A year after the first lockdown began, Michael Wray, Chelmsford’s Business Improvement District manager is optimistic about the future of our city centre.

Q. Take us back to March 2020. What happened on the high street?

We had never planned for anything like this and to us, the pandemic almost hit overnight. Everything connected to Chelmsford For You was working very well and there was a noticeable increase in year-on-year footfall. Then we went into March and April last year and everything fell off a cliff.

We went from about 250,000 people a week in the high street to about 40,000. In the first lockdown there wasn’t very much open; through the other lockdowns and the other tier systems, some businesses like McDonald’s have stayed open and there has been some click and collect going on. But in lockdown one everything was shut. The speed at which is happened was so surprising – it was like a switch was flicked and everyone went home from work one day with a laptop under their arm and worked from home for a good few months after that.

Then we had the challenge of helping to open everything up again on 15 June 2020. That was hard because you can’t just say ‘open your restaurant tomorrow’ – there has to be food in stock and every restaurant in the country was trying to do this at exactly the same time. Some of the bars in Chelmsford have thrown gallons of beer down the sink because no one was there to buy it. When they were allowed to reopen, they didn’t know exactly how many people were going to come back.

‘Bond Street’ by Izabela Klimek

Q. How has Chelmsford’s city centre been affected?

We’ve seen what’s happened to Debenhams and Topshop, but new shops and restaurants have also been opening during this time like new takeaways on Baddow Road and Refill Chelmsford, which has been establishing itself on Bond Street – so we’ve seen some positives too.

Chelmsford’s in a lucky position in its proximity to London and having a lot of commuters in its population. Imagine if fifty per cent of them don’t go back to their plush London offices at all or for just part of the week. If these people continue to work from home or use a shared space within the city centre, they may use our city shops and restaurants more than they did before. We don’t really know what the impact will be once commuter habits change – but this could benefit Chelmsford.

Q. What shape is Chelmsford in compared to other city centres?

Compared to some areas, we’re not doing badly. I speak to other BIDs all the time – we have a 50-BID call every other week – and some of the pain is a lot worse than ours. It’s a different experience altogether for some smaller towns. Their concerns are far greater than ours; some say 30% of their shops are empty already, even before dealing with the impact the pandemic might have on people coming back.

So, when you look at us, we’re still in a lucky position. People still want to open businesses here in Chelmsford and there are units still being taken and shops reopening.

‘Tindal Square’ by Mark Caldon

Q. Which high street sector has been worst hit over the last year?

Hospitality. The tier system of last year didn’t affect shops in the same way that it did hospitality. Not only did these businesses go through the stop/start of being shut and open, but they had different restrictions placed on them at different times as well.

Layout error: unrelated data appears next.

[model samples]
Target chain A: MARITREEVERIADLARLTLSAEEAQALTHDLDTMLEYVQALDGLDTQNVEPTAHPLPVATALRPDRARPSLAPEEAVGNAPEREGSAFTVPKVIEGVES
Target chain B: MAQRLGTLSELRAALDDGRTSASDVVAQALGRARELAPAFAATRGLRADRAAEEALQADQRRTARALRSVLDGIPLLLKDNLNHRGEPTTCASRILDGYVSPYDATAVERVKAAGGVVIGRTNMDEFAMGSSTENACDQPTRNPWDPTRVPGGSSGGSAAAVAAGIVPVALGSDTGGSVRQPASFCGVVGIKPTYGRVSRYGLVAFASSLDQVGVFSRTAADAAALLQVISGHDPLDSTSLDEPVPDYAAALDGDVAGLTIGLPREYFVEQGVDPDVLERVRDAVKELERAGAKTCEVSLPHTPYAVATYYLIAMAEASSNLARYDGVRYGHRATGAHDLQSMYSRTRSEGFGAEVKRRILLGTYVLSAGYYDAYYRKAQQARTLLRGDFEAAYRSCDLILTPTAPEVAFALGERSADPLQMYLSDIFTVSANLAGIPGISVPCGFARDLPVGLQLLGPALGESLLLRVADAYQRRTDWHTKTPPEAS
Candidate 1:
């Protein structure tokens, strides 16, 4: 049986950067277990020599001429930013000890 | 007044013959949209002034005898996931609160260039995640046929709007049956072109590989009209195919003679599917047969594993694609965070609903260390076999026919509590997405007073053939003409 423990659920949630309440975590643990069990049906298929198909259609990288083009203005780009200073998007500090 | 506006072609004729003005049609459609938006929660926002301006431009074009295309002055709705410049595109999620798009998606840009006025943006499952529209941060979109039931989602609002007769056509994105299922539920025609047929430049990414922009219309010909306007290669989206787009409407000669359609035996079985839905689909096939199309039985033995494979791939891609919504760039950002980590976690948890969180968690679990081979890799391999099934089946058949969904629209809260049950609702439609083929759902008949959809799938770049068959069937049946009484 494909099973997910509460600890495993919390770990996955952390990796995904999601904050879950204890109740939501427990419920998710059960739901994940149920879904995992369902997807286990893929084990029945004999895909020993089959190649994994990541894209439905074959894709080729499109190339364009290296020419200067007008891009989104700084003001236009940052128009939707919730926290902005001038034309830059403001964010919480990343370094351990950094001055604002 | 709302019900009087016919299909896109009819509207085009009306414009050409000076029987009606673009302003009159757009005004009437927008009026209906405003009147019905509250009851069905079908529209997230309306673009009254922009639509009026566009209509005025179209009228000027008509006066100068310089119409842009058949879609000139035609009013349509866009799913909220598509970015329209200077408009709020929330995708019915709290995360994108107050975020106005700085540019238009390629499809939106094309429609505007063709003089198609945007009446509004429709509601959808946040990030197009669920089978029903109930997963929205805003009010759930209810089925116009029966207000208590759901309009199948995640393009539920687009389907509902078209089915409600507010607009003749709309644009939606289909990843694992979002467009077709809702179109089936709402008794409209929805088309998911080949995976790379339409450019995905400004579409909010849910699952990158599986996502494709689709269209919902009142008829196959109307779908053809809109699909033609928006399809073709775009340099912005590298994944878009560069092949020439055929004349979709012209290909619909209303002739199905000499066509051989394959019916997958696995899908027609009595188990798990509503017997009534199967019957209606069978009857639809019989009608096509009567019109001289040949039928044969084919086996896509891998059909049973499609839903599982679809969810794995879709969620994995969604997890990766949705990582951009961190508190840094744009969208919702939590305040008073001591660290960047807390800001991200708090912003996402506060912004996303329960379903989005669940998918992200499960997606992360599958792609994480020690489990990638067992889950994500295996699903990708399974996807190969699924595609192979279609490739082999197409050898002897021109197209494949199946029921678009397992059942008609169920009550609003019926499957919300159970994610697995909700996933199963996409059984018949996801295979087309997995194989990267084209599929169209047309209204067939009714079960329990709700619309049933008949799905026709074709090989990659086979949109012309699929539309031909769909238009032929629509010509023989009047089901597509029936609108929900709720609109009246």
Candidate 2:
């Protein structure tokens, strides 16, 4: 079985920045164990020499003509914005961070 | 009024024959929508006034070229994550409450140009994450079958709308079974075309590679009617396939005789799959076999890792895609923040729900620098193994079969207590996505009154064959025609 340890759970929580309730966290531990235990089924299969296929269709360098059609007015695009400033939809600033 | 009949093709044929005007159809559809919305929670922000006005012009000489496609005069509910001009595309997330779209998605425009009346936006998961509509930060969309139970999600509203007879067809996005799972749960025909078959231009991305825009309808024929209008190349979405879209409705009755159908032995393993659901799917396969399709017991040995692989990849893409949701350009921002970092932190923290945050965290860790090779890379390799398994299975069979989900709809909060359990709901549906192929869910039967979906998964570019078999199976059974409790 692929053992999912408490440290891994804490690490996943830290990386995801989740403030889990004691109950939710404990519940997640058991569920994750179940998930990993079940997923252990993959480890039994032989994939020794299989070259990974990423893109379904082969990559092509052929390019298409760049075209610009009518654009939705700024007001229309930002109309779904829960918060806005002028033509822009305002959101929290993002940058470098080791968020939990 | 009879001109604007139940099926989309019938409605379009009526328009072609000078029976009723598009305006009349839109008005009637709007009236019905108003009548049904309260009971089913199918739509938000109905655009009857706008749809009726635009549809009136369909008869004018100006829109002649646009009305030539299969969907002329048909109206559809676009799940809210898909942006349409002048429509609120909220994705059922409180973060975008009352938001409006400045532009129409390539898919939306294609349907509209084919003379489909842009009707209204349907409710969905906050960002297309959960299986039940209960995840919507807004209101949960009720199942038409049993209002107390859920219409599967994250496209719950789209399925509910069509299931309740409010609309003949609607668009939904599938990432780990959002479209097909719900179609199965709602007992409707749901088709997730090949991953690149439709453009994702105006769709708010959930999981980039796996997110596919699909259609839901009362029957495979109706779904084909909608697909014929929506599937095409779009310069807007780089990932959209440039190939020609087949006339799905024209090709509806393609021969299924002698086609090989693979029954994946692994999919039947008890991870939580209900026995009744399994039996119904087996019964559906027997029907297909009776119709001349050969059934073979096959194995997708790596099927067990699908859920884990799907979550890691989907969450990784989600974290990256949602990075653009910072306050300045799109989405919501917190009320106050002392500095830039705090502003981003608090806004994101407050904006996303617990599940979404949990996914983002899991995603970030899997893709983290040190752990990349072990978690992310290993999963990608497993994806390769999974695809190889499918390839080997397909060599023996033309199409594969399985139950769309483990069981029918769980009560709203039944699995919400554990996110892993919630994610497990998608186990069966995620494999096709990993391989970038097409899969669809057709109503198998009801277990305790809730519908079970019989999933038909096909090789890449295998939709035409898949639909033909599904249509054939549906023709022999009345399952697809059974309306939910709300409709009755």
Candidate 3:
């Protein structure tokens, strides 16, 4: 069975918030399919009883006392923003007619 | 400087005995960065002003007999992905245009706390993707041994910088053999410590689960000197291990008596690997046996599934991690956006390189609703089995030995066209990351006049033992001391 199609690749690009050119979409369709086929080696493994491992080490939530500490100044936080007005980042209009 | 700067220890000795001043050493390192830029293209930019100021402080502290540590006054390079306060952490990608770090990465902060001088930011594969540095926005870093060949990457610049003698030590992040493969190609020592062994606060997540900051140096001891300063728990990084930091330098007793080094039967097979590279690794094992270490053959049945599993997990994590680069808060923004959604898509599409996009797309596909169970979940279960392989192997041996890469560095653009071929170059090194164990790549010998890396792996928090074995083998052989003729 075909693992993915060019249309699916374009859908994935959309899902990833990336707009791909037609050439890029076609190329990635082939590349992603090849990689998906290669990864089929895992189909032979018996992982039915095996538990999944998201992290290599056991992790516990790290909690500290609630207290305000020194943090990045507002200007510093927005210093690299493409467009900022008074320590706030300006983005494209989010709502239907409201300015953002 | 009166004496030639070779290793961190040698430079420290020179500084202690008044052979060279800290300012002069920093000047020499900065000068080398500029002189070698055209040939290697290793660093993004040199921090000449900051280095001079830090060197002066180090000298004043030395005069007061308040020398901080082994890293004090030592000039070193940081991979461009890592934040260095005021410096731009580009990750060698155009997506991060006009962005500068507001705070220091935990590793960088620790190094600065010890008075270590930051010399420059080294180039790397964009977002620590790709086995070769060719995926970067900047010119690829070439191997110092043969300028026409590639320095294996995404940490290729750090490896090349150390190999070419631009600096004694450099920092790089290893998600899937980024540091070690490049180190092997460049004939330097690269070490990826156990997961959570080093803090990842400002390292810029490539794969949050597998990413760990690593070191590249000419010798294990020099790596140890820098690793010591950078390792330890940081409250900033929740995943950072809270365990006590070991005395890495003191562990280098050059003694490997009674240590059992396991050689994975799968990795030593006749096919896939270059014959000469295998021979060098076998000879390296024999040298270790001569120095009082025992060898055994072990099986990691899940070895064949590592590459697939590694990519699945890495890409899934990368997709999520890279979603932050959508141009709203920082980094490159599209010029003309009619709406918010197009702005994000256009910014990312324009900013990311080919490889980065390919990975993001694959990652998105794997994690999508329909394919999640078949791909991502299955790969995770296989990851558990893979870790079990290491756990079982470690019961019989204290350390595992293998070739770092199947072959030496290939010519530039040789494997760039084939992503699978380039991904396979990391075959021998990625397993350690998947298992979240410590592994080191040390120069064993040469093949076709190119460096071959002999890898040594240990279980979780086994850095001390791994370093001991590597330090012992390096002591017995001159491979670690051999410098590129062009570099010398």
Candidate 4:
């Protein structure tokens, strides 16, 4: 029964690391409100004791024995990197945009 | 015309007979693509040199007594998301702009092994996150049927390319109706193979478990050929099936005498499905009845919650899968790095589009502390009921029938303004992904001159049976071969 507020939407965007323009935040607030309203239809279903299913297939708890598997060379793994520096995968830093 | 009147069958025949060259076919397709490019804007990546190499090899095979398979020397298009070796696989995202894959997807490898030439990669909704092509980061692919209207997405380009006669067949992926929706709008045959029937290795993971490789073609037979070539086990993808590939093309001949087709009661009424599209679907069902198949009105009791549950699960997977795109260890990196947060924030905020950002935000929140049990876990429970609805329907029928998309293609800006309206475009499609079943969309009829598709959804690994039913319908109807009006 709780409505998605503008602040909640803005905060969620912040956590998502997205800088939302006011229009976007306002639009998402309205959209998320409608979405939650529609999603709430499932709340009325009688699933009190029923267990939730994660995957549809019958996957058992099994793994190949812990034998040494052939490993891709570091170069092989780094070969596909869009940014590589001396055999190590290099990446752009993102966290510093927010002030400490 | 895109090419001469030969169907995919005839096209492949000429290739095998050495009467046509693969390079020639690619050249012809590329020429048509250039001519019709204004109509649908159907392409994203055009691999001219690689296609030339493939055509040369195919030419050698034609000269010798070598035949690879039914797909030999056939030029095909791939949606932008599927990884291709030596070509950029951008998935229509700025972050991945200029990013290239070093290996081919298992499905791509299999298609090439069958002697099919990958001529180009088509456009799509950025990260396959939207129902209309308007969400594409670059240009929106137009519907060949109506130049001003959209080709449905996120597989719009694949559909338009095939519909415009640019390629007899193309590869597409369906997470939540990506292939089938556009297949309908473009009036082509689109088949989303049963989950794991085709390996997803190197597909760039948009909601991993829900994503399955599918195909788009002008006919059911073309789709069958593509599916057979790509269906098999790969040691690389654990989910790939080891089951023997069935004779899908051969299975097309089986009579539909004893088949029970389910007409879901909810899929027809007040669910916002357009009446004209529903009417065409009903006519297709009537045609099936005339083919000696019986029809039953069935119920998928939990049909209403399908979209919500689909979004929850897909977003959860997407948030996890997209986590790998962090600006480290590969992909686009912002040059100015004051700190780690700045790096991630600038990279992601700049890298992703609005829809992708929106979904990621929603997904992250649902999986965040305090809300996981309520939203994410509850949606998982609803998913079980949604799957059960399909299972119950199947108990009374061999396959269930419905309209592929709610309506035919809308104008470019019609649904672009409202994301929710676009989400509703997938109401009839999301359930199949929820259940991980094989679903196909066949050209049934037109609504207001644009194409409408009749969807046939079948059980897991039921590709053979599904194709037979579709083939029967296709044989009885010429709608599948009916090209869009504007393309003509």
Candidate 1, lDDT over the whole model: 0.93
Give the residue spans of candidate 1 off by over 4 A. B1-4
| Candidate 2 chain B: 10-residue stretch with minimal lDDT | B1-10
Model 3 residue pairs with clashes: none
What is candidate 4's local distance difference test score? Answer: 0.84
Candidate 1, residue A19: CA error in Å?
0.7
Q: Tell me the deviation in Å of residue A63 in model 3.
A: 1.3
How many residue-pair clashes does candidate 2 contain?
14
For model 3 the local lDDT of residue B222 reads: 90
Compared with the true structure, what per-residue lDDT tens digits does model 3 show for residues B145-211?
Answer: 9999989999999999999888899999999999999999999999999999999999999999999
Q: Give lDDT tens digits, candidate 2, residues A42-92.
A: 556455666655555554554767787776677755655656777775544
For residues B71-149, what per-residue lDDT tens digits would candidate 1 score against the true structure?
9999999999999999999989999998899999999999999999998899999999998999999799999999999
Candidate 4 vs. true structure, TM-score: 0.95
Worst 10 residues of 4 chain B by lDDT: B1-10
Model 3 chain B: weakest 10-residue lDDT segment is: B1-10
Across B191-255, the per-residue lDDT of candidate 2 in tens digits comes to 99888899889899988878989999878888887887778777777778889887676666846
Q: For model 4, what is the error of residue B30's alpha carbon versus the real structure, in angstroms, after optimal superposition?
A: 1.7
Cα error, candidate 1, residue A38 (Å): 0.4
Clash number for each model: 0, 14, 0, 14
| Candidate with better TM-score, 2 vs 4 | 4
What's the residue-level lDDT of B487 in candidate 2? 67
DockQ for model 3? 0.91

When we start to open up again after this latest lockdown, hospitality will be the hardest part of the city centre to get back to some sort of normality, I think. Pubs, bars and restaurants need more certainty – they can’t afford to throw any more beer down the sink – so they’ll be keeping a close eye on what happens over the next few weeks.

We’re working on an optimistic return from April 12 but it’s the hospitality sector that will need the most help. It’s really a double opening: April 12 is a ‘welcome back’ and 17 May is getting people back inside. We’re already working on plans for additional seating outside and opening up places like the bowl in Bond Street and other pockets of the city which can help get us through to the next stage (hopefully from 17 May).

Marconi’ by Jeff Underwood

Q. What trends should we be looking out for on the high street?

You’ll see some smart collaborations between people. We already have the Pop-Up Club in the city and there’ll be more of that. I think you’ll see landlords being as flexible as possible to put people into empty units.

Q. How many of these changes to the high street might be permanent?

I’m of the view that everything will change because the pandemic has accelerated online shopping – I think by about 10 or 15 years. We’ve had a whole year where people who were previously reluctant to engage have just had to do it.

Online shopping will take a slice off the high street and we don’t want to concede defeat just yet and say, ‘You win!’ to big online retailers – but we’re not stupid and so there’s going to have to be an element of change, although we shouldn’t underestimate how much people have missed doing things together.

I think when we reopen, we will see a return to the footfall we’re used to because people love a sense of community; they love getting out and seeing people and meeting for a coffee when they shop. But in the long term, we might have to accept that people may not shop in exactly the same way as before and evolve accordingly.

Keep up to date with high street reopenings

You can find all the latest information about what’s going on in the city centre as we make our way out of lockdown by visiting www.chelmsfordforyou.co.uk.

The photographs featured in this piece were submitted to the City Photo Competition 2020.

By Julie Weight

Julie writes stories and creates videos for Chelmsford City Council. Contact her at julie.weight@chelmsford.gov.uk or on 01245 606984.

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